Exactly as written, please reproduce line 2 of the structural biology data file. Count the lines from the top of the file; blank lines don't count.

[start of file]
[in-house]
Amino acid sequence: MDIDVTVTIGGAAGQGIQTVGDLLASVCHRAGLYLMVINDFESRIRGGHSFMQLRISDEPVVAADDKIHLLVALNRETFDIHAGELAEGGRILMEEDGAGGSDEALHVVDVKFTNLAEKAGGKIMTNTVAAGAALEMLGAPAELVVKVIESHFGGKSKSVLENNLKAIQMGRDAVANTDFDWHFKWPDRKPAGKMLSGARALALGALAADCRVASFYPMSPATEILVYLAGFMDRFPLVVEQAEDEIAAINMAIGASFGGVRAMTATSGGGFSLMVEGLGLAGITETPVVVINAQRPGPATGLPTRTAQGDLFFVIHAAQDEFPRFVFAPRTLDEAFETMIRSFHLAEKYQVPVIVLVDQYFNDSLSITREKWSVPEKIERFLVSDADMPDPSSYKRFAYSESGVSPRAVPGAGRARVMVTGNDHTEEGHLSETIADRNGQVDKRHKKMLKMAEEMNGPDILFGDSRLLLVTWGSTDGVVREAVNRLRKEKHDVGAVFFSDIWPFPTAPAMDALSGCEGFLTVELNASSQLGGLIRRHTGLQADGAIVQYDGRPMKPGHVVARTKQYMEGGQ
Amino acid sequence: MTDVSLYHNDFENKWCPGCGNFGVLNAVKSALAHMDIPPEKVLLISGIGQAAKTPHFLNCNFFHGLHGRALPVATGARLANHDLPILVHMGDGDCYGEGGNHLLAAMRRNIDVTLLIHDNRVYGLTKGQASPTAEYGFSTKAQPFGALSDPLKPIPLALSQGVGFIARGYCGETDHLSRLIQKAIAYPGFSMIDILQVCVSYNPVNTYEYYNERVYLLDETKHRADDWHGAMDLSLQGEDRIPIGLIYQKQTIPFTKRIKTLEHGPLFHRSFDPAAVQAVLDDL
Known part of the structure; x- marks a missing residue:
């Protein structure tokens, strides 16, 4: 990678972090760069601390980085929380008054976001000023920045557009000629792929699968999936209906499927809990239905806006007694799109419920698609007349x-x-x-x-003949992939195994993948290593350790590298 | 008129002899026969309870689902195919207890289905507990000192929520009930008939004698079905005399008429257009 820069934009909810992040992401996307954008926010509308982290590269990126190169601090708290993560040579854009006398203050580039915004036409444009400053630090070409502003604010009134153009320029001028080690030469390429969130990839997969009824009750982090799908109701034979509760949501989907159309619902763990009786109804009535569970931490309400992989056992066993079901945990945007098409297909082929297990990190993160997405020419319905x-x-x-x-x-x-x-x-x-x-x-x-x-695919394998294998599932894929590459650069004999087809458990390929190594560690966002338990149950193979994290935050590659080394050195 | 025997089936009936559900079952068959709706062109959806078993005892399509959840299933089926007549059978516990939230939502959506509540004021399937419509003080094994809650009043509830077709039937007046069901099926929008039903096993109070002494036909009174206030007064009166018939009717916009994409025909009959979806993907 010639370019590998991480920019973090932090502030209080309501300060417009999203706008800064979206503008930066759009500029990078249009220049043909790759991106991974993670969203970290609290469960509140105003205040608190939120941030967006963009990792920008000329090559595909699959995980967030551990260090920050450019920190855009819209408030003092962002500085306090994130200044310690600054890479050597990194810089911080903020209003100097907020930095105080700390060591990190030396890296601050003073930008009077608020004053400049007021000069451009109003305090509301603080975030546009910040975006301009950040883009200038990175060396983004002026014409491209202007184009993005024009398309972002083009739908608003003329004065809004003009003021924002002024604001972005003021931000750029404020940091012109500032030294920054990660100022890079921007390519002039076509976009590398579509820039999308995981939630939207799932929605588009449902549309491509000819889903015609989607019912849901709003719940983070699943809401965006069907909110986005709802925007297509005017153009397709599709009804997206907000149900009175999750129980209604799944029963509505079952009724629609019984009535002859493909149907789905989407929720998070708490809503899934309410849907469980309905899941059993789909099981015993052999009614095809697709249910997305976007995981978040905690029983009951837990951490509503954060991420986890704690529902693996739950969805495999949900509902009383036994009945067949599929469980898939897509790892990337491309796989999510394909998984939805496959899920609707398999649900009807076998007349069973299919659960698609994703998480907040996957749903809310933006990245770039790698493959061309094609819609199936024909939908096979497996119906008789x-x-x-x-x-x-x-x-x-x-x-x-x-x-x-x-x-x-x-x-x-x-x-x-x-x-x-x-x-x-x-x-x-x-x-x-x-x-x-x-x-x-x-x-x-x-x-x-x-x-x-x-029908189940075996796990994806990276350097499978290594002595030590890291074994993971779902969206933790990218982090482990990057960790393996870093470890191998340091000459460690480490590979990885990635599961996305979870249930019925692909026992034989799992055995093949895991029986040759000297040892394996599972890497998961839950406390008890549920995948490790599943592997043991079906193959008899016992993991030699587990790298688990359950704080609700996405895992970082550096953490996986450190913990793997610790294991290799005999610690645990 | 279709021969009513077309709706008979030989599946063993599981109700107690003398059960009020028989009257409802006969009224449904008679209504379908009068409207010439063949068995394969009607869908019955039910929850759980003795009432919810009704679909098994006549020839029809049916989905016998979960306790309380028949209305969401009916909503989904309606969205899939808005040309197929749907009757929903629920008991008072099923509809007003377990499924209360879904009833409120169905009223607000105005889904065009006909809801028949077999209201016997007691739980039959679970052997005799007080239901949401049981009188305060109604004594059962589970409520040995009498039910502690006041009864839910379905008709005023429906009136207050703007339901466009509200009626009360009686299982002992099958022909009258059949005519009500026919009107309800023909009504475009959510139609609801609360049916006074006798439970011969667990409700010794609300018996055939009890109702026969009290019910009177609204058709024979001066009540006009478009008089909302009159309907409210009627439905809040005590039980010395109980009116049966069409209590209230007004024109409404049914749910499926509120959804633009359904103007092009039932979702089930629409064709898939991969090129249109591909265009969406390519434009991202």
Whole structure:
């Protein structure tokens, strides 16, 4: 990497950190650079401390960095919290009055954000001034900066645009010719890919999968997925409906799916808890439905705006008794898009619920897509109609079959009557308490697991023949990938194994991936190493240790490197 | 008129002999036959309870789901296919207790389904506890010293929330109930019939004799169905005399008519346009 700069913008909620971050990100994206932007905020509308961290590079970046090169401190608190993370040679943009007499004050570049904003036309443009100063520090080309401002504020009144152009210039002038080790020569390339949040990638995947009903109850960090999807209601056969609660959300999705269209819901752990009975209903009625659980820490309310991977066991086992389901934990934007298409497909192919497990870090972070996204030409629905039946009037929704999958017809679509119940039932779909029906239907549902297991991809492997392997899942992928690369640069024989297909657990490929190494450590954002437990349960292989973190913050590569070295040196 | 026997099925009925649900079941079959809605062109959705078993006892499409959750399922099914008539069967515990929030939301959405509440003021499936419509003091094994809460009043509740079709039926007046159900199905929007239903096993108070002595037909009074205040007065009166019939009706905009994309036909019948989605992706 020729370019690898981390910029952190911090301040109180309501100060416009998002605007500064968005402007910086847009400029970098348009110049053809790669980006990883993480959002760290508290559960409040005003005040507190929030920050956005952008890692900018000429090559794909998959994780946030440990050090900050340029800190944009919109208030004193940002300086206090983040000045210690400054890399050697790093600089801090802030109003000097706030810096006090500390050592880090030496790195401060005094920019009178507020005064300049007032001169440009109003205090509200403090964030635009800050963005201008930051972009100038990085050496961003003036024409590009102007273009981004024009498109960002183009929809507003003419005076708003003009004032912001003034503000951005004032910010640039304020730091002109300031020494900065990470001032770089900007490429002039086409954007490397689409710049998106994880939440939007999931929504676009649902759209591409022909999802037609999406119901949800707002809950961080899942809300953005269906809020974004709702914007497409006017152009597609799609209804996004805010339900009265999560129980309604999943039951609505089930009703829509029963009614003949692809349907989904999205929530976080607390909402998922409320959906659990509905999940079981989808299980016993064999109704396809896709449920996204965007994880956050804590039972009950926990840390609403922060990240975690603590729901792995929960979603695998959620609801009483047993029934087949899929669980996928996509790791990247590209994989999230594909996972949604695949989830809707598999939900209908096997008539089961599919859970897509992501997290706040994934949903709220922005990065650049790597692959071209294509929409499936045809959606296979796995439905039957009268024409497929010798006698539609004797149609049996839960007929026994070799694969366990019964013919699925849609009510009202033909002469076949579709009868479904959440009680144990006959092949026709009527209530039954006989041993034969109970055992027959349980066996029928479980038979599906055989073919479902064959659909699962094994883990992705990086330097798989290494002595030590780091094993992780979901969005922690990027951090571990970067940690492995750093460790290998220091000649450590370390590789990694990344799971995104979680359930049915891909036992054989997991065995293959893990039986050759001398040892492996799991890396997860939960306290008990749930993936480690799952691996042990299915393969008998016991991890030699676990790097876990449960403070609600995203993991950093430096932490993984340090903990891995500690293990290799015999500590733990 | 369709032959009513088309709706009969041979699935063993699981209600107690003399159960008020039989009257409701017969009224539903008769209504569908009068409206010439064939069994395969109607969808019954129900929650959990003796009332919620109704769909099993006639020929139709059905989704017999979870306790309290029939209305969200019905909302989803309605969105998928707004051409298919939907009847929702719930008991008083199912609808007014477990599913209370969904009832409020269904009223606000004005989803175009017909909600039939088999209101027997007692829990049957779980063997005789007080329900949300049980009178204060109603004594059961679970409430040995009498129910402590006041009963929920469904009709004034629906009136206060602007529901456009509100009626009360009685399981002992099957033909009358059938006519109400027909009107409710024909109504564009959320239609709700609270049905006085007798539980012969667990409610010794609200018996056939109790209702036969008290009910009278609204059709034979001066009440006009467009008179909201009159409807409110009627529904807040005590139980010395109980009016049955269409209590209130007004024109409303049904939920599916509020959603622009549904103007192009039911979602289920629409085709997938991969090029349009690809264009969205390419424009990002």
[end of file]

Amino acid sequence: MDIDVTVTIGGAAGQGIQTVGDLLASVCHRAGLYLMVINDFESRIRGGHSFMQLRISDEPVVAADDKIHLLVALNRETFDIHAGELAEGGRILMEEDGAGGSDEALHVVDVKFTNLAEKAGGKIMTNTVAAGAALEMLGAPAELVVKVIESHFGGKSKSVLENNLKAIQMGRDAVANTDFDWHFKWPDRKPAGKMLSGARALALGALAADCRVASFYPMSPATEILVYLAGFMDRFPLVVEQAEDEIAAINMAIGASFGGVRAMTATSGGGFSLMVEGLGLAGITETPVVVINAQRPGPATGLPTRTAQGDLFFVIHAAQDEFPRFVFAPRTLDEAFETMIRSFHLAEKYQVPVIVLVDQYFNDSLSITREKWSVPEKIERFLVSDADMPDPSSYKRFAYSESGVSPRAVPGAGRARVMVTGNDHTEEGHLSETIADRNGQVDKRHKKMLKMAEEMNGPDILFGDSRLLLVTWGSTDGVVREAVNRLRKEKHDVGAVFFSDIWPFPTAPAMDALSGCEGFLTVELNASSQLGGLIRRHTGLQADGAIVQYDGRPMKPGHVVARTKQYMEGGQ